"'Ay,' said Frigga, 'neither metal nor wood can hurt Balder, for I have exacted an oath from all of them.'
"'What!' exclaimed the woman, 'have all things sworn to spare Balder?'
"'All things,' replied Frigga, 'except one little shrub that grows on the eastern side of Valhalla, and is called Mistletoe, and which I thought too young and feeble to crave an oath from.'
"As soon as Loki heard this, he went away, and, resuming his natural shape, cut off the mistletoe, and repaired to the place where the gods were assembled. There he found Hodur standing apart, without partaking of the sports, on account of his blindness; and going up to him said, 'Why dost thou not also throw something at Balder?'
"'Because I am blind,' answered Hodur, 'and see not where Balder is, and have, moreover, nothing to throw with.'
"'Come, then,' said Loki, 'do like the rest, and show honor to Balder by throwing this twig at him, and I will direct thy arm toward the place where he stands.'
"Hodur then took the mistletoe, and, under the guidance of Loki, darted it at Balder, who, pierced through and through, fell down lifeless."—Edda.
Note 7, Page 133.
Tristram and Iseult.
"In the court of his uncle King Marc, the king of Cornwall, who at this time resided at the castle of Tyntagel, Tristram became expert in all knightly exercises. The king of Ireland, at Tristram's solicitations, promised to bestow his daughter Iseult in marriage on King Marc. The mother of Iseult gave to her daughter's confidante a philtre, or love-potion, to be administered on the night of her nuptials. Of this beverage Tristram and Iseult, on their voyage to Cornwall, unfortunately partook. Its influence, during the remainder of their lives, regulated the affections and destiny of the lovers.
"After the arrival of Tristram and Iseult in Cornwall, and the nuptials of the latter with King Marc, a great part of the romance is occupied with their contrivances to procure secret interviews.—Tristram, being forced to leave Cornwall on account of the displeasure of his uncle, repaired to Brittany, where lived Iseult with the White Hands. He married her, more out of gratitude than love. Afterwards he proceeded to the dominions of Arthur, which became the theatre of unnumbered exploits.
"Tristram, subsequent to these events, returned to Brittany, and to his long-neglected wife. There, being wounded and sick, he was soon reduced to the lowest ebb. In this situation, he dispatched a confidant to the queen of Cornwall, to try if he could induce her to accompany him to Brittany," etc.—Dunlop's History of Fiction.
Note 8, Page 169.
That son of Italy who tried to blow.
Giacopone di Todi.
Note 9, Page 174.
Recalls the obscure opposer he outweighed.
Gilbert de la Porrée, at the Council of Rheims in 1148.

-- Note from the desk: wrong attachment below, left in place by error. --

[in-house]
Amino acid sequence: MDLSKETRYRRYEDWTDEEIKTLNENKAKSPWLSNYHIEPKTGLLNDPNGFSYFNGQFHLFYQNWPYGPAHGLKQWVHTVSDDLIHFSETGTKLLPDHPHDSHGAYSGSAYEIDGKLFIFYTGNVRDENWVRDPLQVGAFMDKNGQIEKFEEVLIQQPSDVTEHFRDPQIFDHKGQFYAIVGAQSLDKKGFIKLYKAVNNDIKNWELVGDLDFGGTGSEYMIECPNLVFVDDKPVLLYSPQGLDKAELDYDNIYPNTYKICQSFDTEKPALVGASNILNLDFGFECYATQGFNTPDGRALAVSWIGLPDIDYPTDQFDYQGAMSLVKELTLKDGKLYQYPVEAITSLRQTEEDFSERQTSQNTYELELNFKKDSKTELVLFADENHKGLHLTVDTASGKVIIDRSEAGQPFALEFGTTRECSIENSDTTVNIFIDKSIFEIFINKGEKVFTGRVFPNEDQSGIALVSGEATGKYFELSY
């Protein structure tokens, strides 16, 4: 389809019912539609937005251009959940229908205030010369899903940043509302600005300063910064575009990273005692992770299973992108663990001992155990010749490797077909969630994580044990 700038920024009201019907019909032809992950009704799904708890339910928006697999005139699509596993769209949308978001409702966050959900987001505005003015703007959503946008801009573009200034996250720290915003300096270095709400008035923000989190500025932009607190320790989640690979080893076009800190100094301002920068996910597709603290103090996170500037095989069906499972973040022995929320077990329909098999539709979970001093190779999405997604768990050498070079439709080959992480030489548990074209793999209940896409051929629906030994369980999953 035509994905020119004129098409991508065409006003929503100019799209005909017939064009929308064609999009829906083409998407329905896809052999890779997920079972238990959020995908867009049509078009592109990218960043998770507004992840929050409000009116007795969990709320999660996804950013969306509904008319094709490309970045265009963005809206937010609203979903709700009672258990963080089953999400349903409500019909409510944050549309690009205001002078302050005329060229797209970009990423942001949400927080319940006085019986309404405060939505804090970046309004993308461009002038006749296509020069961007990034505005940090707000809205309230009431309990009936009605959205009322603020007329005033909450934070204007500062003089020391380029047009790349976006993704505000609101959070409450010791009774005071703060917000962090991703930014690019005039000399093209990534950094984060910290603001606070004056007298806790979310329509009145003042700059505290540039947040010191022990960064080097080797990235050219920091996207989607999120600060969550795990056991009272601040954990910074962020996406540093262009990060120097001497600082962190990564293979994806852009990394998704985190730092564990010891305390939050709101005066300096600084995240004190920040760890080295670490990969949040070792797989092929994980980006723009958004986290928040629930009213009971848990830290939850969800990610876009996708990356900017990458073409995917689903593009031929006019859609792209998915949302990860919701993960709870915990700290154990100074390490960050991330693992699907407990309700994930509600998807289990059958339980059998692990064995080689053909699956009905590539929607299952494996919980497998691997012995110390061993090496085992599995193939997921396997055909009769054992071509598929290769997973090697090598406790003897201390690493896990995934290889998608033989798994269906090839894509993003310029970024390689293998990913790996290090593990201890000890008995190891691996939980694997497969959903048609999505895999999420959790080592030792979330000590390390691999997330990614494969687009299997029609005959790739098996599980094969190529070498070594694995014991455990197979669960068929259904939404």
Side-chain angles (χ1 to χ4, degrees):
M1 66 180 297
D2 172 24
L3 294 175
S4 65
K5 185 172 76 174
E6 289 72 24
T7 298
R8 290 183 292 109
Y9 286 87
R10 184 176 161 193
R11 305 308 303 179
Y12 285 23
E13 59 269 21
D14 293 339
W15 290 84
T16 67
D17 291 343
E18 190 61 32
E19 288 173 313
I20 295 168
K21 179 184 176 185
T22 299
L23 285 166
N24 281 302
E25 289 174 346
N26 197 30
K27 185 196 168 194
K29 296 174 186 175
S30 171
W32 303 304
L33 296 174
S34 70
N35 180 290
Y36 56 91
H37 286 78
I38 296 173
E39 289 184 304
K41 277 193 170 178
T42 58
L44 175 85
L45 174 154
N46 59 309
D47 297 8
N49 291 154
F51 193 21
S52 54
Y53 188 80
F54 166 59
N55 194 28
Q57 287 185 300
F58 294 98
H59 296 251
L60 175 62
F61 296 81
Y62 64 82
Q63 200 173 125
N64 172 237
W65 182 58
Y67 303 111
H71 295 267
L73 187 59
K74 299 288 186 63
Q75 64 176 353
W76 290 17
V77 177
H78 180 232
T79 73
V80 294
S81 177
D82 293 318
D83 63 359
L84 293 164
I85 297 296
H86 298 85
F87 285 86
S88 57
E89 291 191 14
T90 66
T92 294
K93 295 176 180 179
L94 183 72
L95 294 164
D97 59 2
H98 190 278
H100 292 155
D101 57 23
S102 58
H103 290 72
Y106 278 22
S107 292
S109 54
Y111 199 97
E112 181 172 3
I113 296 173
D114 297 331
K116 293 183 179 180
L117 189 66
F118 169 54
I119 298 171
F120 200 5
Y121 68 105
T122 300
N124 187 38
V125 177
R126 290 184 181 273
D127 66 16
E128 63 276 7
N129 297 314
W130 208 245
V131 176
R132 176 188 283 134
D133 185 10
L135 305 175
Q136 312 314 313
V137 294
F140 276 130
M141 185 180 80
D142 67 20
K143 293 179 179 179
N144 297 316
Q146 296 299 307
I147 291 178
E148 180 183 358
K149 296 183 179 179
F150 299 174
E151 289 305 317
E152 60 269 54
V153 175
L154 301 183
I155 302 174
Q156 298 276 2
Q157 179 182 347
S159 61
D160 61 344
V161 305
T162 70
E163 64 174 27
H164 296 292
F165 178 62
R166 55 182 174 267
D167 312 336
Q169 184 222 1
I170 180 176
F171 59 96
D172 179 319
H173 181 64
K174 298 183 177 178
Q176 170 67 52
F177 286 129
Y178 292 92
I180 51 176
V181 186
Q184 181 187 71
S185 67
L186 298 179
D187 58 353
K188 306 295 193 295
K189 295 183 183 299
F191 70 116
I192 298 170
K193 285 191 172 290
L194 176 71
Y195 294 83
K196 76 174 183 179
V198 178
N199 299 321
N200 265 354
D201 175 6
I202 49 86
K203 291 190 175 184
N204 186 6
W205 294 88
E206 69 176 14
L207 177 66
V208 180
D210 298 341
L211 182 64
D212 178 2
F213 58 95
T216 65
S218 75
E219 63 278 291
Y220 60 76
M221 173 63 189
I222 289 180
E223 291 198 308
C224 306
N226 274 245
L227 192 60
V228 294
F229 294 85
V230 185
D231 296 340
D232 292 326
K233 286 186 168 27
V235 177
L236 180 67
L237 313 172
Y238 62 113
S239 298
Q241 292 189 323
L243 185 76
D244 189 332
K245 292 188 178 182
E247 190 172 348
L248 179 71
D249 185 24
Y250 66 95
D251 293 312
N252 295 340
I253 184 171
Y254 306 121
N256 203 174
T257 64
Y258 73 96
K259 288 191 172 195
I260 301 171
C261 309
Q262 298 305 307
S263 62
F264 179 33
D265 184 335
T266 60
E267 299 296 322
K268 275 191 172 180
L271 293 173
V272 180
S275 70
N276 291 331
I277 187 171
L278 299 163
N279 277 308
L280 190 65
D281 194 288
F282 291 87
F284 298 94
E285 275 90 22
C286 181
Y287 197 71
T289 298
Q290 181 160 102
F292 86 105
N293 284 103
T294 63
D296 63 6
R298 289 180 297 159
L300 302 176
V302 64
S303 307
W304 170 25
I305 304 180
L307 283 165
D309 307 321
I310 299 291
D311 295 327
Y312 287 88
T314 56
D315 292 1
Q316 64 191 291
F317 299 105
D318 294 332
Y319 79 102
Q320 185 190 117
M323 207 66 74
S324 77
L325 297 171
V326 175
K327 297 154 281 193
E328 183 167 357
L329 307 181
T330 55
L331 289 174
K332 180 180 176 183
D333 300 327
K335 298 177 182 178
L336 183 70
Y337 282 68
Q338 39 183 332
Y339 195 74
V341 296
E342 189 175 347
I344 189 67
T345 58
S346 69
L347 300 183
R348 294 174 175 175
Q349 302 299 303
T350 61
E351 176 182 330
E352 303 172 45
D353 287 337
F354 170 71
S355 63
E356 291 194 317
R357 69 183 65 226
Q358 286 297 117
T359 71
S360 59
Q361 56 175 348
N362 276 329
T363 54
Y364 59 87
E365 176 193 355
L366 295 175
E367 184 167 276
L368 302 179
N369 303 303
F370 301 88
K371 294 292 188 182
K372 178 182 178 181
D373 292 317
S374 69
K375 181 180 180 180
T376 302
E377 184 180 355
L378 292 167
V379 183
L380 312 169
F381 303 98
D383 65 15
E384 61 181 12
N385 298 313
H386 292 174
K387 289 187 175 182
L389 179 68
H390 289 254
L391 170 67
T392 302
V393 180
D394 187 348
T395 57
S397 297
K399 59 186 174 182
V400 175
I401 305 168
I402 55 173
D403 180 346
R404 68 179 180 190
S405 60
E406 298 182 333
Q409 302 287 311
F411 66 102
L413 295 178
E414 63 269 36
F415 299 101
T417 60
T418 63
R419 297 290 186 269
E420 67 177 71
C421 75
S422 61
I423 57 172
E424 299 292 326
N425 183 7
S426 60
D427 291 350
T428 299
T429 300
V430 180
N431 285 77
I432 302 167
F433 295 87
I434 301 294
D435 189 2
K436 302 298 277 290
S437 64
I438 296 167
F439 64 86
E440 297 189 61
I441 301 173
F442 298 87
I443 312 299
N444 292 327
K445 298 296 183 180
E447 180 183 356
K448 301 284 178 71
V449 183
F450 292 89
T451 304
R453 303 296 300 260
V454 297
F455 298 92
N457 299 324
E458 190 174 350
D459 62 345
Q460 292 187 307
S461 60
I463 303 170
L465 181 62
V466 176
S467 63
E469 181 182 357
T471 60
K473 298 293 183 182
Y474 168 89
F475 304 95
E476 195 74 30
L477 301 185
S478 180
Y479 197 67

Note 10, Page 175.
Of that unpitying Phrygian sect which cried.
Note 11, Page 176.
See St. Augustine's "Confessions," book ix. chapter 11.
Note 12, Page 177.
My Marguerite smiles upon the strand.
See, among "Early Poems," the poem called "A Memory-Picture," p. 23.
Note 13, Page 201.
The Hunter of the Tanagræan Field.
Orion, the Wild Huntsman of Greek legend, and in this capacity appearing in both earth and sky.
Note 14, Page 202.
O'er the sun-reddened western straits.
Erytheia, the legendary region around the Pillars of Hercules, probably took its name from the redness of the west, under which the Greeks saw it.
Note 15, Page 224.
Of the sun-loving gentian, in the heat.
The gentiana lutea.
Note 16, Page 248.
Ye Sun-born Virgins! on the road of truth.
See the Fragments of Parmenides:—
...κοῦραι δ' ὁδὸν ἡγεμόνευον,
ἡλίαδες κοῦραι, προλιποῦσαι δώματα νυκτός,
Note 17, Page 381.
"There was very lately a lad in the University of Oxford, who was by his poverty forced to leave his studies there; and at last to join himself to a company of vagabond gypsies. Among these extravagant people, by the insinuating subtilty of his carriage, he quickly got so much of their love and esteem as that they discovered to him their mystery. After he had been a pretty while exercised in the trade, there chanced to ride by a couple of scholars, who had formerly been of his acquaintance. They quickly spied out their old friend among the gypsies; and he gave them an account of the necessity which drove him to that kind of life, and told them that the people he went with were not such impostors as they were taken for, but that they had a traditional kind of learning among them, and could do wonders by the power of imagination, their fancy binding that of others; that himself had learned much of their art, and when he had compassed the whole secret, he intended, he said, to leave their company, and give the world an account of what he had learned."—Glanvil's Vanity of Dogmatizing, 1661.